There are many perks of being self-employed which is what inspired us to take our first steps of faith in starting our business in the first place: being our own boss, making the rules, not having to report to anyone, having more control of our time, doing what we love, etc.
However, if you have been self-employed for any length of time, you will at some point, run into the negative realities that eventually rise to the surface. This may even lead you to question a sudden career change or doubt all of your decisions up to this point in time.
“Do I really want to do this forever?” “Is it worth all this stress?” “Can I continue to manage problem after problem and still be happy?” “Are my goals really possible or am I just fooling myself?”
For entrepreneurs, there are realities that increase risk for mental health symptoms and these symptoms can wreak havoc on our business and family life if we are not proactive in preventing them or deliberate in our reactions to these mounting pressures. To make matters worse, resources for mental health care is difficult to obtain for the self-employed and so we are left to deal with these issues on our own – just like everything else!
1. Prolonged Stress
One of the biggest stresses for small business owners is too much work and not enough workers or resources to get the job done, which can be the case for years depending on your business and goals. Prolonged stress does a number on our brains and our bodies and if our brains and bodies are not functioning at an optimal level, then it can begin to feel like an uphill battle very quickly and easily affect our daily productivity.
2. Poor Sleep
I often hear my clients say, “My mind can’t stop or slow down!” “I can’t stop thinking about all the previous day’s stresses!” or “I keep running over my next day’s long to do list through my mind all night!”
The struggle is real – that list is truly long for business owners! Sometimes it can even be the fun racing thoughts of dreaming about our goals and next steps that keep us from getting a good night’s rest. But basically, poor sleep = poor brain/body function = poor productivity
Anxiety is a natural response of the brain once it becomes overwhelmed and when starting a small business, that often means having to do the majority of the work load, pushing our limits of what we are capable of and being in a constant state of overwhelm. I have learned that when I am overwhelmed, I shut down which has meant avoiding certain tasks that my business needed. It worked to minimize my stress in the moment but created long term problems that I had to eventually deal with anyway, albeit the much harder way!
More common struggles of entrepreneurs:
- Unrealistic expectations of seeking “balance”
- Attempts to be in control of all things and all people at all times
- Attempting to do and succeed at everything. There is a huge burden of perfectionism for many of us that will eventually become too much for us to bear, becoming hopeless when we cannot meet what is an impossible standard in the first place.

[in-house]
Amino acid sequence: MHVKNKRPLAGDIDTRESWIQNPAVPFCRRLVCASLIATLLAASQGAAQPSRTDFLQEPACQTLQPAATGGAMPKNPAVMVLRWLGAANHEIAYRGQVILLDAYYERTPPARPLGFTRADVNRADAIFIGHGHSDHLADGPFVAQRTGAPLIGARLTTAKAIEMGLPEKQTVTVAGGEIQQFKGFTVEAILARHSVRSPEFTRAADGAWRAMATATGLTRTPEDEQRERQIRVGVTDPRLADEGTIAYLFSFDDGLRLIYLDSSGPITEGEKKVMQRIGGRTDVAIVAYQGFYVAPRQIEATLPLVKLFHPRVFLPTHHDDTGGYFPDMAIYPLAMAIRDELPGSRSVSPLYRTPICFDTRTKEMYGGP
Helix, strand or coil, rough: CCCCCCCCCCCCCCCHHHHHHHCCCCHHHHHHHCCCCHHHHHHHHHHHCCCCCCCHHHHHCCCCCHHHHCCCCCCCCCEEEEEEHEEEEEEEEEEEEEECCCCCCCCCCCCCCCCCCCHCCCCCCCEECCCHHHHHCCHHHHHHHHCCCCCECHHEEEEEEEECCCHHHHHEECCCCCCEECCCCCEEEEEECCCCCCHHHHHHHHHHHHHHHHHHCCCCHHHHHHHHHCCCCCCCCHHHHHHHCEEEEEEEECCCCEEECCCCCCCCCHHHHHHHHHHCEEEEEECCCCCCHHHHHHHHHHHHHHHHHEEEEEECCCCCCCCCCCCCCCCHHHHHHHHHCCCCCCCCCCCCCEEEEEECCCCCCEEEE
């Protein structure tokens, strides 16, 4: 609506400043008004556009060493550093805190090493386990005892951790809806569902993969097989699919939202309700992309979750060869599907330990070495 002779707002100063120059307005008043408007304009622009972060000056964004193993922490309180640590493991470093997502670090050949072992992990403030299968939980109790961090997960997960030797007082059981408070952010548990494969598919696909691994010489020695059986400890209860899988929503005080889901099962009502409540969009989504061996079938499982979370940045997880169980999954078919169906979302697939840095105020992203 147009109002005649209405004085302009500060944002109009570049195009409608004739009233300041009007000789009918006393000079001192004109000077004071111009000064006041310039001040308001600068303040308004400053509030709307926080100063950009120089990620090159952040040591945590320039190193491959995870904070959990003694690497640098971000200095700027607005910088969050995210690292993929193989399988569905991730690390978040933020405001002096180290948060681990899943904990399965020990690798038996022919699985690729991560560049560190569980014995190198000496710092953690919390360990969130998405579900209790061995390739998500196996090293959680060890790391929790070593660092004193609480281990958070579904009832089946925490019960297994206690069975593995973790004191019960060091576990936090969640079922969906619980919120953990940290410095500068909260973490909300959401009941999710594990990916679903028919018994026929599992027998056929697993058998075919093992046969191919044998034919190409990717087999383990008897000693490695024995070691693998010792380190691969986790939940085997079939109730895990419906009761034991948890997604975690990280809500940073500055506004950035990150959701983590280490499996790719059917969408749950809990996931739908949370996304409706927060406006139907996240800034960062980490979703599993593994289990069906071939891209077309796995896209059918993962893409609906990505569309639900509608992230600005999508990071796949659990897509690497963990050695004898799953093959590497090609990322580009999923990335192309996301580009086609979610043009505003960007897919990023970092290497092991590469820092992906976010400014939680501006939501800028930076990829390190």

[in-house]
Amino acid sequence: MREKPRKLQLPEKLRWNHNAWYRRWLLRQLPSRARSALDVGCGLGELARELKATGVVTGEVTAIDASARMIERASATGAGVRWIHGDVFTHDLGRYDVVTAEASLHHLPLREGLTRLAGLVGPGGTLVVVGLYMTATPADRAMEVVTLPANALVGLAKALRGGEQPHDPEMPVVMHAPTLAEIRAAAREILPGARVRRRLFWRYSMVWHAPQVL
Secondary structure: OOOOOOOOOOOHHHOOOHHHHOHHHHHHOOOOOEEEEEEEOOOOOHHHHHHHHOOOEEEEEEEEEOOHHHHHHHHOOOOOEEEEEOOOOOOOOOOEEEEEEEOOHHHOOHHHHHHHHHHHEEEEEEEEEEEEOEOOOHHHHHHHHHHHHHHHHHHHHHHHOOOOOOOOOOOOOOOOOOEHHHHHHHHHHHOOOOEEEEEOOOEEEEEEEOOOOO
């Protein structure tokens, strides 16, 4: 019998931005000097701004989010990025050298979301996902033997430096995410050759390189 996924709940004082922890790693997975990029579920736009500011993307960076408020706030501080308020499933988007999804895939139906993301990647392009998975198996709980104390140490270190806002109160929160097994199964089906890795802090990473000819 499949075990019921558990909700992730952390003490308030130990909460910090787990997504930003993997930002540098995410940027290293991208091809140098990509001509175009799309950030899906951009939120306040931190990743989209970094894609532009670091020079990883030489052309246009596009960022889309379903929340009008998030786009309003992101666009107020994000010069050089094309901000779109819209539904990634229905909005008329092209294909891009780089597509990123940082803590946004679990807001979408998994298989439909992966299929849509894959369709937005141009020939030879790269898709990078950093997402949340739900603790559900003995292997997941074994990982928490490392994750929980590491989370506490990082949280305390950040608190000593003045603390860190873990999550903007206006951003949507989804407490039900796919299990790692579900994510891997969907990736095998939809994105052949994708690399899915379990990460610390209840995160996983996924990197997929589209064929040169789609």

Often people will get in to see me on the verge of a mental breakdown and say things like, “I can’t keep going like this. But I can’t change! I have to do other people’s jobs or it won’t get done!” And in many cases, that is absolutely true. Maybe it doesn’t get done in the time or way that is needed – however, if we keep taking it on, we rob the learning process that needs to happen in order to reach the long-term success we are looking for.
5. Loneliness and Isolation
Many times, we work alone; we are solopreneurs for at least a period of time if not forever. The worst is being alone with no other friends and family or support system who can understand the very real work load that small business owners face on a daily, long-term basis. If they do not know first-hand, their well-meaning support and advice can actually add more pressure and increase the stress that was already too much to deal with, increasing feelings of helplessness, hopelessness and despair.
6. Marital/Family Conflict/Divorce
I cannot tell you how many times I have witnessed entrepreneurs reach their business goals only at the expense of their spouse or family (in addition to their sanity or physical health!) All they worked so hard for ends up being celebrated – alone. The pressures for these couples are real. There is a disproportionate demand for time and energy pulling from every direction. Difficulty identifying and setting limits and boundaries are a genuine struggle. The truth is we are juggling big decisions every minute of every day. Each choice we make comes at the cost of another. It is not uncommon to hear spouses complain and feel resentful about the lack of time and attention from their partner.
When the going gets tough – (and it will!) many unfortunately turn to alcohol, marijuana and prescription drugs to numb the stress and pain of the issues described above. It may help the brief moment we are trying to escape or endure, but will create longer term problems that will inevitably affect our business and life. In other words, there is a pattern to notice here:
Short term PAIN = Long term GAIN
We must effectively deal (in healthy ways) with short term pain in order to obtain the long-term gain. All too often entrepreneurs, take the short-term gain, allowing themselves to be robbed of their long-term business gains.
Angela Caiazza is a marriage and family therapist and runs her private practice, Fulfillment Family Therapy where she specializes in family systems and relationships. She enjoys helping others suffering with a loved ones addiction or mental illness, other therapists and small business owners/entrepreneurs, LGBT and their parents/families (particularly of religious backgrounds) and those who are struggling with spiritual issues or who seek to integrate their spirituality into their therapy goals.